The Mother

I woke differently today, felt connected to sounds, the wind, the birds, my breath. Didn’t need people. I’d set the alarm to wake in time for my online zoom with dance and Alexander Technique colleagues from a group in the Netherlands. A group I used to be in when I lived there… had been looking forward to reconnecting with them in April, when we’d planned to move back. I was living in Holland when I met my husband, a Dutchmen, who relocated to Norway. I already knew Norway, having gone there on a few singing tours. I knew it was exquisitely beautiful, but hopelessly lonely. I never wanted to move there. When I met my husband, the plan was that he’d be working in Africa. ‘Africa!’ I thought, ‘I can do Africa.’ But the time in Africa was much shorter and we had to return to Oslo. I’ve spent the last 22 years being away from Oslo, only coming back in between to recharge, and reset my travel-insurance – that grants me 3-4 months max. Finally, April 1, 2020, my husband was ready to at long last relocate. All was beautifully arranged. I couldn’t wait.

And then Corona called me back to Norway, where I’ve been stuck ever since. Triggering every cell in my system, unwinding and unthreading all the good and healing work I’ve done my whole life. The deep loneliness of being here in Norway – so not my country on every count – has brought me back to my original triggering point.

I always knew about this, this early trigger. It came up in all therapy sessions at some point. But last spring, after my mother died, going through the photos my sister-in-law had gathered, it cemented deeper in. Pictures I’d never seen: of my mother holding me the first days and months of my life. So many pictures of us, sometimes she even dressed us the same, so special I had been to her. And then, at a year and a few months my first brother came, then another and another boy… the little child of me never knowing what I’d done wrong to lose my mother’s love, except that I wasn’t a boy.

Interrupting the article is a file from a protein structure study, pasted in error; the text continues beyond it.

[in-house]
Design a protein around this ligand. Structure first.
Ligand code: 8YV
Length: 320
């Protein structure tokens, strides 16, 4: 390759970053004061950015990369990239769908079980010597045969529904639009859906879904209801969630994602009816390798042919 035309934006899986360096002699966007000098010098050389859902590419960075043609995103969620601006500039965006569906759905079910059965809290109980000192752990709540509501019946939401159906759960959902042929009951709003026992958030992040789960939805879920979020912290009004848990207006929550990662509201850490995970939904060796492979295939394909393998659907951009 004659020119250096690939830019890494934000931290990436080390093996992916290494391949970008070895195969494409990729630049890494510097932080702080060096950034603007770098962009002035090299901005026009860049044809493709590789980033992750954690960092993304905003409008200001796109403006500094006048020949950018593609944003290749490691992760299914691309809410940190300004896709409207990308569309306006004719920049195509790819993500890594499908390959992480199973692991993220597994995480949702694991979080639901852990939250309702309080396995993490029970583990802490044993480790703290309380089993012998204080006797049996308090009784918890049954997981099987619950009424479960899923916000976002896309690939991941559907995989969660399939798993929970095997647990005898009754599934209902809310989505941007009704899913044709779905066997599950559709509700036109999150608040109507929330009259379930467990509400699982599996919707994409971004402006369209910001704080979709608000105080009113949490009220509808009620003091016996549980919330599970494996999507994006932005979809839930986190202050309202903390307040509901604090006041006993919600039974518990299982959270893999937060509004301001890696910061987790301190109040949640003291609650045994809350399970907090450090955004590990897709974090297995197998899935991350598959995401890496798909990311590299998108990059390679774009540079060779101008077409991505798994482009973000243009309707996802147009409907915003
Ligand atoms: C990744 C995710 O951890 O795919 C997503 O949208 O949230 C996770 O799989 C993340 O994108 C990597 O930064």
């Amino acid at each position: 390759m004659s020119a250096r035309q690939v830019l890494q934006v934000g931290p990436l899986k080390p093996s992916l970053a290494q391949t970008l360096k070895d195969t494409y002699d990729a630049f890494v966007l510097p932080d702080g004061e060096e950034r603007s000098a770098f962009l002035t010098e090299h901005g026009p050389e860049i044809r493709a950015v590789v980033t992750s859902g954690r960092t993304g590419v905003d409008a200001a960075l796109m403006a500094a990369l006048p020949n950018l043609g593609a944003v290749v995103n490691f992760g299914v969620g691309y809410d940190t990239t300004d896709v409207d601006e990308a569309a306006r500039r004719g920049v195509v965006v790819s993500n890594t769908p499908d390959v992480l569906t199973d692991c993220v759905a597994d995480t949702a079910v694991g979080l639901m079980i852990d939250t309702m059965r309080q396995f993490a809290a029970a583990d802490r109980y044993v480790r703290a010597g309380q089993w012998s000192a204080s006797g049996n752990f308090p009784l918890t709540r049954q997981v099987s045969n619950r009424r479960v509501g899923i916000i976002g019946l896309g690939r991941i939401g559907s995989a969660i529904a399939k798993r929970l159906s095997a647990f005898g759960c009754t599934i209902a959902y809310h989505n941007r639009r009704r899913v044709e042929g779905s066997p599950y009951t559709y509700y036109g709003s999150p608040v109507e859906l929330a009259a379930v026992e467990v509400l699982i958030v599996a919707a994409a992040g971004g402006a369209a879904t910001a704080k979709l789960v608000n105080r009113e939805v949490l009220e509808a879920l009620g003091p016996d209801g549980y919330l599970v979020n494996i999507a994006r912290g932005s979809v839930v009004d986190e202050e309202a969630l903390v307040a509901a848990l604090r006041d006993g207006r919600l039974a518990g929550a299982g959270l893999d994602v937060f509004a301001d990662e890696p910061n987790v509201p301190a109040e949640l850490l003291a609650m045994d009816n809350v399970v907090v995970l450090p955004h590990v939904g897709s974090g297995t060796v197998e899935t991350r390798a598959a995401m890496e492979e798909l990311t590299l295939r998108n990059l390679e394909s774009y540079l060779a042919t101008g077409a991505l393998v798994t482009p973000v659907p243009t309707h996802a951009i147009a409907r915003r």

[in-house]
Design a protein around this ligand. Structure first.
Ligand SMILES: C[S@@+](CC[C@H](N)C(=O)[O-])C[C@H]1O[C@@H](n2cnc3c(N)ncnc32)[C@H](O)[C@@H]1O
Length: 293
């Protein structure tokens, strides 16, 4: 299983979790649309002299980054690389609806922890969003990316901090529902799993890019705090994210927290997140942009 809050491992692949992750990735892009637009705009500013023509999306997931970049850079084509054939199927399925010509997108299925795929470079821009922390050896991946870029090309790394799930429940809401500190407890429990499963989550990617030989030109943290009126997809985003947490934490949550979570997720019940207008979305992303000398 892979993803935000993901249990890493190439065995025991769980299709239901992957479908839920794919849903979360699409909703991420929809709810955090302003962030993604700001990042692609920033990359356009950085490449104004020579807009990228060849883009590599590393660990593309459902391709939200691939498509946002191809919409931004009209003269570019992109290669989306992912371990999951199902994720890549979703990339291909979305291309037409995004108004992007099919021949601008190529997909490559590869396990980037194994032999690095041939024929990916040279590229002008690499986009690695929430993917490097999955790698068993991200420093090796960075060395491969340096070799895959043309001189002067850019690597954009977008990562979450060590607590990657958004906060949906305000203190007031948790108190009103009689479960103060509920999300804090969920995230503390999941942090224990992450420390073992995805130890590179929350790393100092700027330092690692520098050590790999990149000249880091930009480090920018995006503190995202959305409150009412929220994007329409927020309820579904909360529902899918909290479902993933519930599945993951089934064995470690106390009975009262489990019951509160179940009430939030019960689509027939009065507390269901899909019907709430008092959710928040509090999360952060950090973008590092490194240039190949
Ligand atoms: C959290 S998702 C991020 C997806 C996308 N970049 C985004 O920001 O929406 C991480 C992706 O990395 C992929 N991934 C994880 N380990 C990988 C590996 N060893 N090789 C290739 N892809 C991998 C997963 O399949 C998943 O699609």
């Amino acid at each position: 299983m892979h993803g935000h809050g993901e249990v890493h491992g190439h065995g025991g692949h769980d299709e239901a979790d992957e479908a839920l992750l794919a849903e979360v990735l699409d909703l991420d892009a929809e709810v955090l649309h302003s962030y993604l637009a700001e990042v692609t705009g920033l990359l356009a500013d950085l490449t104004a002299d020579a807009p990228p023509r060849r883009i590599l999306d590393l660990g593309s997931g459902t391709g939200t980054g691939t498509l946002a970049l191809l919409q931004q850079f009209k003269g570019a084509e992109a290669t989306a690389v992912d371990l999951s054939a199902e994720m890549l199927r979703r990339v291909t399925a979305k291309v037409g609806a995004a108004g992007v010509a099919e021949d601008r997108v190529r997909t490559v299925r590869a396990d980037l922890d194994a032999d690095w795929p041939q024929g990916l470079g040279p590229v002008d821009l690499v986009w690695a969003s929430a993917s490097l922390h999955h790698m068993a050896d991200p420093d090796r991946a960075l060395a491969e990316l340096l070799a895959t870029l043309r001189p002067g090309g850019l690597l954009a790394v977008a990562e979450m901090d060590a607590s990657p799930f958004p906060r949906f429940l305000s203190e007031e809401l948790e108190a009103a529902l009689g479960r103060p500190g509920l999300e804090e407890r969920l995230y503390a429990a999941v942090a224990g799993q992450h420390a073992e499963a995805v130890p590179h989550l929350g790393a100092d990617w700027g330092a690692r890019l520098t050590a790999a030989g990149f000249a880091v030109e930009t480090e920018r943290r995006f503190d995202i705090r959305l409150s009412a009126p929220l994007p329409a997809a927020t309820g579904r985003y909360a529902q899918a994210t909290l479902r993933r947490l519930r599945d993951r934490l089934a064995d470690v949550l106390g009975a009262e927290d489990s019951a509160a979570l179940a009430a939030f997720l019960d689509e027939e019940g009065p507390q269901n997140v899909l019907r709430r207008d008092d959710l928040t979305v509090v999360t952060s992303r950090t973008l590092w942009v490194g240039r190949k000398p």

“Not every mother is like that,” Ana, the therapist I started working with again in this triggering time, said last night. “I was the oldest, like you, but my mother was able to keep loving me and my siblings. Your mother sadly couldn’t.”

“She was a boy mother,” I said, speaking in simple English as Ana’s English isn’t great.

“That happens,” Ana said.

I’ve been working deep to come into the room of my sadness. In a circling group a few days ago, the theme was to speak about what we hesitate showing the group. When it was my turn, I said: “I hold back an ocean.”

The group was curious and asked me to expand on what was in that ocean.

“I don’t know any more,” I said. “I hold back so much that I no longer know. Only that I am holding back.”

The group segued on, and then a few clumsy moments happened and before I knew it, I was drowning in that seething ocean.

“What’s happening?” they asked me. I felt so embarrassed by my sudden tears and the closeness of zoom that I zipped my sweater over my face.

“Don’t do that,” they sweetly said. “We want to see you. We won’t reject you for your sadness. In fact,” one of the guys said, “your sadness nourishes me.”

“Huh?” I sighed, sneaking out of the sweater. “How is that possible?”

“Because it is. When you let an authentic feeling out, it touches me, encourages me. I get to know you, and you get to know me.”

“That’s not how it is in Norway.”

“We’re not in Norway,” the others said. “We want to see you. Can you believe us?”

I was embarrassed, but I asked them to say it again. And they did.

I told Ana about this in our skype session last night. “Yeah,” she cheered. “You have to know the world isn’t all like Norway. I want to see you. Remember, you chose your mother, you chose Norway to work this theme through: this deep theme of rejection. To challenge you to STOP REJECTING YOURSELF. Once you work this through, you will get to leave Norway. I promise. Corona won’t last forever. But you must use the opportunity of this time.”